June 26, 2008
Innovation Economics Can Fight Global Warming
Robert Atkinson, one of the leading experts on technology policy and President of the Information Technology and Innovation Foundation, published an article in BusinessWeek yesterday explaining how conventional economic doctrines led to the Waxman-Markey climate bill and why innovation economics offers a better climate strategy:
While the so-called cap-and-trade mechanism (or some kind of carbon pricing) is needed, it isn't enough. To really avert climate change, the government needs to adopt an explicitly green innovation policy. Unfortunately, green innovation is getting short shrift in this bill and in Washington generally...
Both conservative and liberal neoclassicists oppose any government allocation of scarce goods and services. They prefer a market tool such as emissions trading that would set a price for carbon pollution, believing -- incorrectly -- that companies seeing potential profits would then develop needed technologies. The two camps differ slightly in how to determine a carbon price. In line with their faith in markets, most supply siders who worry about global warming favor carbon taxes, while liberal neoclassicists favor cap and trade...
Innovation economists see efforts to reduce emissions of carbon dioxide and other greenhouse gases as fundamentally an innovation challenge. They are less sanguine than neoclassicists about the power of price signals alone to bring about a solution, believing that the profit motive works only when there are adequate alternatives to shift to. Without viable electric cars, for example, people will still drive gasoline-powered cars, no matter how much fuel costs, although they might switch to more fuel-efficient models.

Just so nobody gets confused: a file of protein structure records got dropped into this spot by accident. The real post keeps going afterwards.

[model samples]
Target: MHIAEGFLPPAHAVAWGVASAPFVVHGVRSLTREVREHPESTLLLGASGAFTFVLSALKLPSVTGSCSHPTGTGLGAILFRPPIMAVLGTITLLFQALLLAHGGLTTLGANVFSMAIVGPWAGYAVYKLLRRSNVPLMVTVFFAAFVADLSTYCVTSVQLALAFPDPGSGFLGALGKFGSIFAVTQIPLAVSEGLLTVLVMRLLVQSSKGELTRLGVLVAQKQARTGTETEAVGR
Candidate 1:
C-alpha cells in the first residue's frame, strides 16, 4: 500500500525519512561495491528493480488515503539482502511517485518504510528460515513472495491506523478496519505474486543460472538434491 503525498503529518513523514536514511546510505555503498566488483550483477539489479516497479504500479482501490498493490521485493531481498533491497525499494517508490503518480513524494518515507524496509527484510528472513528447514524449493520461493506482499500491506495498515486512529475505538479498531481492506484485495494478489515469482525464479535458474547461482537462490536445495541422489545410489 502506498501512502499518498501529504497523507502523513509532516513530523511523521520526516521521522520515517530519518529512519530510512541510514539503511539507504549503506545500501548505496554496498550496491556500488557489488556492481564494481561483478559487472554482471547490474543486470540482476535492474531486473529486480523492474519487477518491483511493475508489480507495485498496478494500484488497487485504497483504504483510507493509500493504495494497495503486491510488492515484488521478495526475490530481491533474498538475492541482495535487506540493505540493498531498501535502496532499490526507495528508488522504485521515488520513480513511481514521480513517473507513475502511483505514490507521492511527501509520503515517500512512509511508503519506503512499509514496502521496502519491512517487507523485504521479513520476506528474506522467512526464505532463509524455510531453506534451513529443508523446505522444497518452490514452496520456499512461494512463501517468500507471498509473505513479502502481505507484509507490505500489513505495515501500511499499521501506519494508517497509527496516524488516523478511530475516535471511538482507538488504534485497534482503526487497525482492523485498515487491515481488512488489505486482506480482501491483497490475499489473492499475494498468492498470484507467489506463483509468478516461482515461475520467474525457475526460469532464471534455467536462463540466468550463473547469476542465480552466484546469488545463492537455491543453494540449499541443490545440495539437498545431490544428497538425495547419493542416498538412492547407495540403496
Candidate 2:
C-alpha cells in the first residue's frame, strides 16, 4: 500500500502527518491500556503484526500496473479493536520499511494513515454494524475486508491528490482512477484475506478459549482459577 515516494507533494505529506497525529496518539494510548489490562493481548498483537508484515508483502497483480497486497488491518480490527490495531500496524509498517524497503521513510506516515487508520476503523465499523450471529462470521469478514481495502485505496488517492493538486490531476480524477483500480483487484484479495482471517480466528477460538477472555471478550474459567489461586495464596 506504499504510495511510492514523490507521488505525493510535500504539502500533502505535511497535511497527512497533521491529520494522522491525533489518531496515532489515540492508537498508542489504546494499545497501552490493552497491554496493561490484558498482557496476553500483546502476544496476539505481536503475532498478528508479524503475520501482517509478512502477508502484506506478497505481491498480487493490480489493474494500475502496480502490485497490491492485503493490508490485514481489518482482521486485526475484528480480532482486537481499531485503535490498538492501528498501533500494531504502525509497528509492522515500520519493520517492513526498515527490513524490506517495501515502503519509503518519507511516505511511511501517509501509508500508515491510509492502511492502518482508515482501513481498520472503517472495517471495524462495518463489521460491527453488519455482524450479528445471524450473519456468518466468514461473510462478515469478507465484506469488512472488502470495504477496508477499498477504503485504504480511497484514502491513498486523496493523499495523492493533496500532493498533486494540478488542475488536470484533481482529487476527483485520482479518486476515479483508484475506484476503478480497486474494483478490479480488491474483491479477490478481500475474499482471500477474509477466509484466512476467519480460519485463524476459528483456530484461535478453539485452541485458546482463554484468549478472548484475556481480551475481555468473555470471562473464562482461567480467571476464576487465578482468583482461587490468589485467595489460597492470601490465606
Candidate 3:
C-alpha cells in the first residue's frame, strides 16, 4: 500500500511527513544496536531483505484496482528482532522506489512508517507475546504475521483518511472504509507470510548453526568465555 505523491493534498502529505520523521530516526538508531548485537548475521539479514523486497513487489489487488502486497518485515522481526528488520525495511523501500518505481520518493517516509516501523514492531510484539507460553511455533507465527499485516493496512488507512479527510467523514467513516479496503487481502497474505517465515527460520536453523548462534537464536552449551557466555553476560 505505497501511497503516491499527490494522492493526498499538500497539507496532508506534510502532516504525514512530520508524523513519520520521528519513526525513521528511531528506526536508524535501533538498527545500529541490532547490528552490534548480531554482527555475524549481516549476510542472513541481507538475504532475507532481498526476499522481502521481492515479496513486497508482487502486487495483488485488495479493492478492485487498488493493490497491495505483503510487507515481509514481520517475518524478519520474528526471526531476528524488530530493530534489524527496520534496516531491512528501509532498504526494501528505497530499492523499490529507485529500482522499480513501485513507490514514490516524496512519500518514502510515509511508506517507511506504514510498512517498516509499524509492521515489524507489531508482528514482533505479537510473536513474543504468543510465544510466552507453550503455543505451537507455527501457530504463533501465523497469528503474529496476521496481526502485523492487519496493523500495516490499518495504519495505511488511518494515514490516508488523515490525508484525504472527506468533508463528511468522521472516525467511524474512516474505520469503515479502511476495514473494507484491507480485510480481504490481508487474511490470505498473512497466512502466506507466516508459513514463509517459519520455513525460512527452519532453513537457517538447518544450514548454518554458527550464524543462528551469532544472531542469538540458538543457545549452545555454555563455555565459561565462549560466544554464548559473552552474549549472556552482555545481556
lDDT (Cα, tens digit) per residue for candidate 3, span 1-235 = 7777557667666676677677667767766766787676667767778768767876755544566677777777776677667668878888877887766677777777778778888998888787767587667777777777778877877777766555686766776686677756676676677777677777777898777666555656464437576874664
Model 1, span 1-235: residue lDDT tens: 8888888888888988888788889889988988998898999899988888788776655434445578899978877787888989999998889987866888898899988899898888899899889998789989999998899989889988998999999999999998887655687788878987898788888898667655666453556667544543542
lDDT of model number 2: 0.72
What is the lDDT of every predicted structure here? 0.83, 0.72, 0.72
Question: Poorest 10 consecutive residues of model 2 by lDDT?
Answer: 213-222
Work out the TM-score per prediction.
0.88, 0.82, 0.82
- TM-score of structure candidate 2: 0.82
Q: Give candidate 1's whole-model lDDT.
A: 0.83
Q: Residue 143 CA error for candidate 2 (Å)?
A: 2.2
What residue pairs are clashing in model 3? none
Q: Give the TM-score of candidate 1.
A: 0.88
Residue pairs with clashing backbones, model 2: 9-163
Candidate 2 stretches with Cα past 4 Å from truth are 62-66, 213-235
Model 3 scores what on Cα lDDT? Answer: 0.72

Moreover, they believe that even if the price signal is "correct," the innovation that's needed is often delayed because of market failures such as externalities -- situations where innovators can't get the full reward from their innovations. Consequently, adherents of innovation economics say that the government must spend more on research and development to develop cost-effective noncarbon or low-carbon energy alternatives.
Atkinson concludes that carbon pricing will help, but the front-and-center strategy for creating a clean energy economy and reducing emissions should be large public investments in clean energy innovation (Note: Breakthrough Institute calls for $30-80 billion per year of public investment in clean energy RDD&D).
So who is right? Putting a price on carbon emissions would certainly help. But it's wishful thinking to believe that raising the price by $20 to $40 a ton would make a big difference... If we are to halve global carbon emissions by 2050--the minimum reduction needed, according to many scientists--we will need radically cleaner technologies such as fully electric cars, affordable solar cells, and large-scale electricity storage devices.
To make this happen, the federal government should develop a broader approach, including spending more money on clean energy R&D. The government can afford it. In 1980, about 10% of federal research went to energy--down to less than 2% today. Getting back to 1980 levels would lift energy R&D expenditures by $11.4 billion a year...
In the end, differences over climate change go to the heart of most economic policy debates in Washington. Neoclassicists give short shrift to innovation (and innovation policy), and believe innovation is best left to the invisible hand of the marketplace. Likewise, neo-Keynesians don't give innovation its due, arguing that government can simply mandate the results it needs. In contrast, innovation economists put innovation at the center and argue that advances require bold public-private partnerships. We can't afford to do less.
Read the full piece in BusinessWeek here.